Simplified Closed Form Numerical Approaches to Predict Natural

Rubber Behavior under Sulfur Curing in Standard Rheometer Tests

Marco Brotto

1

, Gabriele Milani

2

and Federico Milani

1

1

CHEM.CO Consultant, Via J.F.Kennedy 2, 45030 Occhiobello (RO), Italy

2

Technical University in Milan, Piazza Leonardo da Vinci 32, 20133 Milan, Italy

Keywords: Rubber Vulcanization, NR, Numerical Model, Kinetic Approach.

Abstract: In this paper, a complex numerical and a simplified mathematical closed form approach with robust kinetic

base are proposed to interpret NR sulfur vulcanization. A preliminary phase of preparation of meta-

rheometer curves from few experimental data may be necessary to have at disposal the whole curve to fit

with the model when experimental data at disposal are a few. Then, on such data (either experimental or

artificially generated) partial reaction kinetic constants characterizing the vulcanization process within the

models proposed are derived. When needed, meta-data are obtained using a direct C2 natural cubic spline

interpolation of the rheometer curve, which proved to fit the experimental data well. Both the presence and

absence of reversion are discussed and how they are reflected in the model calculations. The chemical

schemes, translated mathematically into differential equations systems, are suitably re-arranged to derive

single analytical equations, which represents the crosslinking degree evolution vs time. The parameters of

the single equations may be determined setting the kinetic constants of the chemical model by means of best

fitting in the first model (more complex) and with the direct solution of a non linear system of equations in

the second (simplified) approach. The major improvement of the second procedure here proposed is to

utilize some ad hoc values for the kinetic constants that do not necessarily require an optimization

algorithm, thus by-passing the usage of a least squares minimization routine.

1 INTRODUCTION

Sulphur vulcanization maybe represents the most

popular technique to cure both natural rubber (NR)

and its synthetic counterpart (IR), as well as for

other synthetic rubbers such as polybutadiene (BR),

styrene–butadiene rubber (SBR), nitrile rubber

(NBR), butyl rubber (IIR), and ethylene–propylene–

diene rubber (EPDM), only to indicate the most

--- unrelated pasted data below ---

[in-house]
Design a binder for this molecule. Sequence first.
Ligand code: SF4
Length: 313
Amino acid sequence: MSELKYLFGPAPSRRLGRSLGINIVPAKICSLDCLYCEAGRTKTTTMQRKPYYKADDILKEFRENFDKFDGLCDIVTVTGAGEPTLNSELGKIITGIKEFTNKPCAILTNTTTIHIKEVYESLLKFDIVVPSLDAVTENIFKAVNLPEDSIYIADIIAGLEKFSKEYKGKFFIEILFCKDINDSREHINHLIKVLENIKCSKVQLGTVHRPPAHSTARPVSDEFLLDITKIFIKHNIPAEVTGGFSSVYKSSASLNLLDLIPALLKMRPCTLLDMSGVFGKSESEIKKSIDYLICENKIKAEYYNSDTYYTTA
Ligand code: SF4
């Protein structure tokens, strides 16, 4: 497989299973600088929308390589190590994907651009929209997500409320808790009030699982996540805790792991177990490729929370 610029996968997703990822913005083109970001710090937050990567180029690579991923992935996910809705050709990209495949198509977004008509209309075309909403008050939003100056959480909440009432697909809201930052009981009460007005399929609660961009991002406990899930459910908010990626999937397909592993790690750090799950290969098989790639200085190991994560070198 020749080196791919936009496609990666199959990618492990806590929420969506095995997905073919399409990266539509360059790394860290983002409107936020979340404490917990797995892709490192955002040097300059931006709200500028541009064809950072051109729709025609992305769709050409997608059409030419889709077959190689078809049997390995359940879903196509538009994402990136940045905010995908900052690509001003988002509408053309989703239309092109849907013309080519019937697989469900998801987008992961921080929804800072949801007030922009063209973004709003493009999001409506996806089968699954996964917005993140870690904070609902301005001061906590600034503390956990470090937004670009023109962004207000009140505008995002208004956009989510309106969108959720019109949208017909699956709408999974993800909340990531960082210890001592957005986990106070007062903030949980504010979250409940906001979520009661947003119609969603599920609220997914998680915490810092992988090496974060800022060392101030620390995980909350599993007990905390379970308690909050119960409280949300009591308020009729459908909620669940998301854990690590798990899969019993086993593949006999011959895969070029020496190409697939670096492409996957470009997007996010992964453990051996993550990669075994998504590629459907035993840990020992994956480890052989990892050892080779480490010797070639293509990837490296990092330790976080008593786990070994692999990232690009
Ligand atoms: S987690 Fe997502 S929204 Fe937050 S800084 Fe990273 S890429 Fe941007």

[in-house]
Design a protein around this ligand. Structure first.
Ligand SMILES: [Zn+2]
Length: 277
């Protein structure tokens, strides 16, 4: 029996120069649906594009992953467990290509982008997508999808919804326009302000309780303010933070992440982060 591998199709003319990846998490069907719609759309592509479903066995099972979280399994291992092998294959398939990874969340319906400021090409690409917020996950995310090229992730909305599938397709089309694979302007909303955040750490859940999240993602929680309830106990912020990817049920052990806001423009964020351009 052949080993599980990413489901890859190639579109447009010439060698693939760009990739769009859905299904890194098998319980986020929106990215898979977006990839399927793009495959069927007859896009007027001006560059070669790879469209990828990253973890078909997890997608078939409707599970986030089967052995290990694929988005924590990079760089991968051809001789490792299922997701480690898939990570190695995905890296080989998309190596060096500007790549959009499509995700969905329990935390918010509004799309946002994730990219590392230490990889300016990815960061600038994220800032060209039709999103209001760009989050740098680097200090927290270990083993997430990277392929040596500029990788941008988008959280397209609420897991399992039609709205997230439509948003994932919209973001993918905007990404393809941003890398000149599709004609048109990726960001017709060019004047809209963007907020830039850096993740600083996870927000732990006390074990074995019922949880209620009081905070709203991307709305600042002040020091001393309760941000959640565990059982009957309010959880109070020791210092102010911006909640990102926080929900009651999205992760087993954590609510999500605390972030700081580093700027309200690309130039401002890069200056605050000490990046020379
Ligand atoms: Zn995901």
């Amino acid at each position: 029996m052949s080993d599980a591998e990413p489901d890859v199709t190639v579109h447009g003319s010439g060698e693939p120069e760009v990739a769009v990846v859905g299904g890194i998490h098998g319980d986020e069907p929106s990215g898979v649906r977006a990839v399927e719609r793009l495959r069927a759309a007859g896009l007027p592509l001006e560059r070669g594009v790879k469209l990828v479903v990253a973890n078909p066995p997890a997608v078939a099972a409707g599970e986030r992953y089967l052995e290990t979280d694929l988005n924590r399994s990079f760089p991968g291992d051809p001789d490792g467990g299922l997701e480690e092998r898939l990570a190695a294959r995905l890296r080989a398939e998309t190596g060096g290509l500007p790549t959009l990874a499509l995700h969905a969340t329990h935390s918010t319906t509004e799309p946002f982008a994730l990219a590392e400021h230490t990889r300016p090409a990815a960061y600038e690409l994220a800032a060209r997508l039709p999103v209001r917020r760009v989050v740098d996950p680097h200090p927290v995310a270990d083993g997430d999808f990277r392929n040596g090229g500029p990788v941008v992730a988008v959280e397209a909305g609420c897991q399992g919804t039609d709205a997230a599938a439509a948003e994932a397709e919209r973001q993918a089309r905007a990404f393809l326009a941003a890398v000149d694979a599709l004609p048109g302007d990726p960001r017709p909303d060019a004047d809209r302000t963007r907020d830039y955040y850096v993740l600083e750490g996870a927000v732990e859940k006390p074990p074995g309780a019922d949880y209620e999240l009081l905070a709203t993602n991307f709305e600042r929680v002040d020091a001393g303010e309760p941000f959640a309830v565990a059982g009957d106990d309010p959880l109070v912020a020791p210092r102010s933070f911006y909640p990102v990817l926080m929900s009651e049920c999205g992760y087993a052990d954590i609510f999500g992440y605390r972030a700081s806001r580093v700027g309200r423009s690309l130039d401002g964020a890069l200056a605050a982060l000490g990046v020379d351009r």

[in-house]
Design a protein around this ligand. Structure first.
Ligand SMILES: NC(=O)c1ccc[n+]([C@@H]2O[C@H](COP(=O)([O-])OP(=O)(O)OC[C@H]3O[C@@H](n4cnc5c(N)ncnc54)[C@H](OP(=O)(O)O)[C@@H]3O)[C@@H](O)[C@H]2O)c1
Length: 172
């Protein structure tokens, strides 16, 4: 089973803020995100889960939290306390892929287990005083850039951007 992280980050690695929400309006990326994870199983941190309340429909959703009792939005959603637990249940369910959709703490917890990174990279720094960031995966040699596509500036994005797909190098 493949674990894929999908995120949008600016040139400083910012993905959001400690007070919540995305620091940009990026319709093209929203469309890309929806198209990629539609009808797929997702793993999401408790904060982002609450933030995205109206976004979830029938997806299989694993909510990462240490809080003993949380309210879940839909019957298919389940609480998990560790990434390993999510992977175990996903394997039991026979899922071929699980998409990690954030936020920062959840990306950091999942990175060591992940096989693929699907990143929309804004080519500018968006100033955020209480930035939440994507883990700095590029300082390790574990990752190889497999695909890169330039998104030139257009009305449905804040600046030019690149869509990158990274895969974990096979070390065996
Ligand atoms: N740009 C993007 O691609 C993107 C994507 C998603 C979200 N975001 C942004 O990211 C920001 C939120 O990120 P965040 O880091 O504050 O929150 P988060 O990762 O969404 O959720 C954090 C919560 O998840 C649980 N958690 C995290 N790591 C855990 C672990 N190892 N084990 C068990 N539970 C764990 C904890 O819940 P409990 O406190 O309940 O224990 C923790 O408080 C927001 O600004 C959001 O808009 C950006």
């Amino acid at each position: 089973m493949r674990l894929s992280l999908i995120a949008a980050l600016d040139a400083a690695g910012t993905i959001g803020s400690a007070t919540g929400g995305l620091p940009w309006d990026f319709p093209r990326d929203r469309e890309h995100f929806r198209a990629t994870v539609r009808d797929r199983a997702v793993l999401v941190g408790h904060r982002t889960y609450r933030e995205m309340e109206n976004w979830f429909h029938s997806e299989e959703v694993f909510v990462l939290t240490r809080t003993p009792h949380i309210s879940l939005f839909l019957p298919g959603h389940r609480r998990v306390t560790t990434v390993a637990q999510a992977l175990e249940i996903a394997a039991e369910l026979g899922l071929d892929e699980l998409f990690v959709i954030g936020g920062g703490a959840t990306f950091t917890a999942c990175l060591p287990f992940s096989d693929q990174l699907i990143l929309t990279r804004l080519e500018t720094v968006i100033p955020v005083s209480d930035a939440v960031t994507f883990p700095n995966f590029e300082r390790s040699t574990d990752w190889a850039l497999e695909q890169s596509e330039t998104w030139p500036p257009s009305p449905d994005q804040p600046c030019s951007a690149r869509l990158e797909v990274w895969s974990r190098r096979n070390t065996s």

important in the market. In general, it is commonly

accepted that vulcanization takes place roughly into

three steps: induction, crosslinking and post

crosslinking. The idea comes from the macroscopic

interpretation of what happens to a sample during

controlled temperature curing conditions in the

rheometer chamber. The rheometer curve, which is

simply the measure of the torque resistance of a

sample subjected to fixed temperature cure at

increasing time, typically exhibits an initial plateau

with low and slightly decreasing torque, a rapid

crosslinks formation with a significant torque

increase and eventually a final degradation, i.e. a

torque decrease, at sufficiently large vulcanization

times, usually denoted with the term “reversion”.

Reversion is a key distinctive aspect of the

vulcanization with sulphur and, from a macroscopic

point of view, consists in a remarkable decrease or

rubber vulcanized properties at the end of the curing

process. It depends on a series of concurring factors,

the most important being rubber type, its structure,

% of double bonds see (Milani and Milani, 2012),

presence of additives, in particular the accelerators,

and co-adjuvants, as well as vulcanization

temperature.

In the paper, two numerical models to interpret

natural rubber vulcanization with reversion are

presented: a complex and a simplified one. Both of

them have robust kinetic base. A preliminary phase

of preparation of meta-rheometer curves from few

experimental data may be necessary to have at

disposal the whole curve to fit with the model when

experimental data at disposal are a few. In this latter

case, meta-data are obtained using a direct C2

natural cubic spline interpolation of the rheometer

141

Brotto M., Milani G. and Milani F..

Simpliﬁed Closed Form Numerical Approaches to Predict Natural Rubber Behavior under Sulfur Curing in Standard Rheometer Tests.

DOI: 10.5220/0005013401410147

In Proceedings of the 4th International Conference on Simulation and Modeling Methodologies, Technologies and Applications (SIMULTECH-2014),

pages 141-147

ISBN: 978-989-758-038-3

Copyright

c

2014 SCITEPRESS (Science and Technology Publications, Lda.)

curve, which proved to fit the experimental data

reasonably well. On either experimental or

artificially generated data, two kinetic schemes are

assumed to fit rheometer curves, the first involving 5

kinetic constants, the second only 2. The chemical

schemes, translated mathematically into differential

equations systems, are suitably re-arranged to derive

single analytical equations, which represents the

crosslinking degree evolution vs time. Kinetic

constants of the first model are derived by means of

a best fitting procedure, whereas in the second

model the solution of a two variables non linear

system of equations is needed. The major

improvement of the second procedure here proposed

is avoid the utilization of an optimization algorithm,

which sometimes proved to be not sufficiently

robust. Both models are validated on a wide set of

experimental data available in the literature.